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softened water in the kitchen for cooking - Is this a bad thing?

Posted by lalitha (My Page) on
Thu, Feb 9, 12 at 1:18

I would love some advice from folks who have a water softener and a water filtration system.
We are installing a kinetico water softener and are planning a Reverse Osmosis (RO) water filtration system just for the kitchen. I had assumed that in the kitchen, the soft water will go to the RO filtration and feed the prep sink and the pot filler. But my friend says it is bad for people to drink water that has been treated in a water softener as it has very high sodium content.. even after it has been treated in a RO system! My plumber thinks it should be perfectly OK to drink and cook in softened water but thinks that the flow from the Kinetico RO system may not be enough to supply both the prep sink and the pot filler. I am not sure what to do..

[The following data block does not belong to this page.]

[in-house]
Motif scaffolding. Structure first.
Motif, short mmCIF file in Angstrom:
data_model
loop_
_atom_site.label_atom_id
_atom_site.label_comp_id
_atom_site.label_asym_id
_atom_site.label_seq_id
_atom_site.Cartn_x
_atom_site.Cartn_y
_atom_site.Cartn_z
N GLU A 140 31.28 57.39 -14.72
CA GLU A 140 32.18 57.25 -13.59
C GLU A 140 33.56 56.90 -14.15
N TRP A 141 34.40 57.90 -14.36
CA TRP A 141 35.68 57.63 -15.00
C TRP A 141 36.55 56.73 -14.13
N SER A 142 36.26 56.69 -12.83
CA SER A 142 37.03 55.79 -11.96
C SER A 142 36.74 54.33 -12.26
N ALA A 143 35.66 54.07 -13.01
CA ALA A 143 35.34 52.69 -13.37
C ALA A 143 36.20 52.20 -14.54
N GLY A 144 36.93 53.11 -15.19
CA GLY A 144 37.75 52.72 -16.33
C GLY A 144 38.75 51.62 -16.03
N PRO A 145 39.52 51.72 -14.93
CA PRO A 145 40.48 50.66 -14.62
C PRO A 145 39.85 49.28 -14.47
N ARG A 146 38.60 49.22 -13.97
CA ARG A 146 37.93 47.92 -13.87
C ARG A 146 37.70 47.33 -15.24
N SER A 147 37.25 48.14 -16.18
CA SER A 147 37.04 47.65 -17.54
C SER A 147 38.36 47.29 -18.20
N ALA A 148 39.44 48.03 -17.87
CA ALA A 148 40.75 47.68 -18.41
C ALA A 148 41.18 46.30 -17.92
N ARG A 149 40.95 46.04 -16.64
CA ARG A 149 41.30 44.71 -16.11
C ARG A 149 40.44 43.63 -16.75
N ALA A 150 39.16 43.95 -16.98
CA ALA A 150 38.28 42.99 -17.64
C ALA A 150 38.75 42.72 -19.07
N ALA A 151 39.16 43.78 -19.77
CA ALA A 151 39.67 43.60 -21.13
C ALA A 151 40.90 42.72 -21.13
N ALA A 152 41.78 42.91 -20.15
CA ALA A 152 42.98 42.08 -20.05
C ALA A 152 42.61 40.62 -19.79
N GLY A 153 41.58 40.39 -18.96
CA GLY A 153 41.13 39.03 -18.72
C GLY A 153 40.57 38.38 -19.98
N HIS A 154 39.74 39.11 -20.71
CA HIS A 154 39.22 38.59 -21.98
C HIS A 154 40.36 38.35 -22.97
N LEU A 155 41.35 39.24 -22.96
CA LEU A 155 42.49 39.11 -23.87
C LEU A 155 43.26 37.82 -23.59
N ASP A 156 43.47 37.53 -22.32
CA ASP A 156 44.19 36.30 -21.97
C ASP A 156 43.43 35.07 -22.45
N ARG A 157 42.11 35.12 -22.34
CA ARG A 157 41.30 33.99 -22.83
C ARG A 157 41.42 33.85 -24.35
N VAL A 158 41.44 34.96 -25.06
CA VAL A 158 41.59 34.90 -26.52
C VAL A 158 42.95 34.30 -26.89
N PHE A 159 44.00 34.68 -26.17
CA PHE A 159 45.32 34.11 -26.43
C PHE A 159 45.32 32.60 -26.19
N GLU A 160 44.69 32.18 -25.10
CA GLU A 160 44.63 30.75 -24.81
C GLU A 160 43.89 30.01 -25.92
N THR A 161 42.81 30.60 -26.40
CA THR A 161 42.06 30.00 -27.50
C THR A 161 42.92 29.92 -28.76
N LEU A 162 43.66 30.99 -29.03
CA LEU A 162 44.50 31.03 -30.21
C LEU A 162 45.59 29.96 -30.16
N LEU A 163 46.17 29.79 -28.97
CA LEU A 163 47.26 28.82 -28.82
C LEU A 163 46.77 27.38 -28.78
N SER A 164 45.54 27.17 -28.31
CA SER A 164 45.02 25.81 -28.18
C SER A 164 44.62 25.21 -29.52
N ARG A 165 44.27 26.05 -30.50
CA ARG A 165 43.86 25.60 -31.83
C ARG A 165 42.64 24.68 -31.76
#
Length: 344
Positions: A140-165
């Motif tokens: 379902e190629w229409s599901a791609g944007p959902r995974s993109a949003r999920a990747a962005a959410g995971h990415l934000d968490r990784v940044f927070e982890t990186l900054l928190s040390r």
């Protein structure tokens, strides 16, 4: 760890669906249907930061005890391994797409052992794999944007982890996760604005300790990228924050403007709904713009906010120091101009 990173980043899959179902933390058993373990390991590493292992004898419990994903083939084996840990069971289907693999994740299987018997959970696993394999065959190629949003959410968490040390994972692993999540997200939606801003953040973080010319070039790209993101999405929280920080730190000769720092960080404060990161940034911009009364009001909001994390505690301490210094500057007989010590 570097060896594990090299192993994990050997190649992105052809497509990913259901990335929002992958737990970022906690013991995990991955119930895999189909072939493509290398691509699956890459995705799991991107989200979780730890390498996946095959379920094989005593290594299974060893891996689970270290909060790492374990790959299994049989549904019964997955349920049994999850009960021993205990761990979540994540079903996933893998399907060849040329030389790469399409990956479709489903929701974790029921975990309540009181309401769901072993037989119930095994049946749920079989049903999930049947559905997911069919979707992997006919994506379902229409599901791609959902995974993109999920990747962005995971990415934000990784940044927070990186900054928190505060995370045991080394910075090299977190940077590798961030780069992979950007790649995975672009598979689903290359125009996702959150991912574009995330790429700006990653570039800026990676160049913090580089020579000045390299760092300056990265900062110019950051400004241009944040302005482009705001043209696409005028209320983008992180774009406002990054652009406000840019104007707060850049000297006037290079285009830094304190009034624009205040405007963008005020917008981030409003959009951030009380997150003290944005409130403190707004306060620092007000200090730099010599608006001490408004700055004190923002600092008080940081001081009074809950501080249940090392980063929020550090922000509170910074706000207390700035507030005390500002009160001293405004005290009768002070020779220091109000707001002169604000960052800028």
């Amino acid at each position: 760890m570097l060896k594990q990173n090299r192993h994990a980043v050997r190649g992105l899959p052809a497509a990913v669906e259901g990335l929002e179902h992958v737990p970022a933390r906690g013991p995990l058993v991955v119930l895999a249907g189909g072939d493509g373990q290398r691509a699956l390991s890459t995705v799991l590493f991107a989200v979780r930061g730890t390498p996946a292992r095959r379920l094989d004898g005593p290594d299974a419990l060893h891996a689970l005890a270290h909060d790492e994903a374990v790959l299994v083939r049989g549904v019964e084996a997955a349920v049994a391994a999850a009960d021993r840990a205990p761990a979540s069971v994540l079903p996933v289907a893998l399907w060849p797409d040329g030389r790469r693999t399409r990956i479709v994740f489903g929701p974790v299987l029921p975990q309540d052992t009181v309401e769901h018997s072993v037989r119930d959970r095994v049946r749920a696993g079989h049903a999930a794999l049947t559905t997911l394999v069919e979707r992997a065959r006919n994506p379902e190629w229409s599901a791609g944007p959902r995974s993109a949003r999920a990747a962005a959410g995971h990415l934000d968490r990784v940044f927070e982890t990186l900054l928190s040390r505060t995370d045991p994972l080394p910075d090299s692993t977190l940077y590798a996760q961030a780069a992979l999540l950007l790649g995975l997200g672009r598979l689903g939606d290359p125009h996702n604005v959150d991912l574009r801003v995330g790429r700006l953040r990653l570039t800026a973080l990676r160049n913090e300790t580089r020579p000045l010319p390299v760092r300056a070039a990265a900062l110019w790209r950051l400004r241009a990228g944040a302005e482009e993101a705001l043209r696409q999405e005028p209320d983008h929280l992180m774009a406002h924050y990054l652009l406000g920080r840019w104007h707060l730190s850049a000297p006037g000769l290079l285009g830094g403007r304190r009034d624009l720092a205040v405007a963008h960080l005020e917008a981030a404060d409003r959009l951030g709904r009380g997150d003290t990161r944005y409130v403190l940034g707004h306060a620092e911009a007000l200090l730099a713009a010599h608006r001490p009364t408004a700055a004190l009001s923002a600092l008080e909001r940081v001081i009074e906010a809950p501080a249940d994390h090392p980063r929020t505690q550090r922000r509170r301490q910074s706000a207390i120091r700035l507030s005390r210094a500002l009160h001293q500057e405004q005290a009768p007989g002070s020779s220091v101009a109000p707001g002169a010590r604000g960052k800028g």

-- Do I feed the kitchen RO water filtration system softened water or unsoftened water?
-- Any feedback on if I should limit this water to the prep faucet or just a drinking water faucet or can it support the pot filler as well?

Lalitha


Follow-Up Postings:

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RE: softened water in the kitchen for cooking - Is this a bad thi

I have a kinetico softener and we are having a RO installed in a few weeks. I am having it go to the sink and fridge for ice. I always cook with the faucet softened water, we don't drink it....we don't like the taste of it. Added sodium is nominal, I wouldn't worry about it, it's about taste!

Not sure if I'll cook with the RO after its in or not, but we will definately use to drink, RO, takes everything outif the water, it's pure.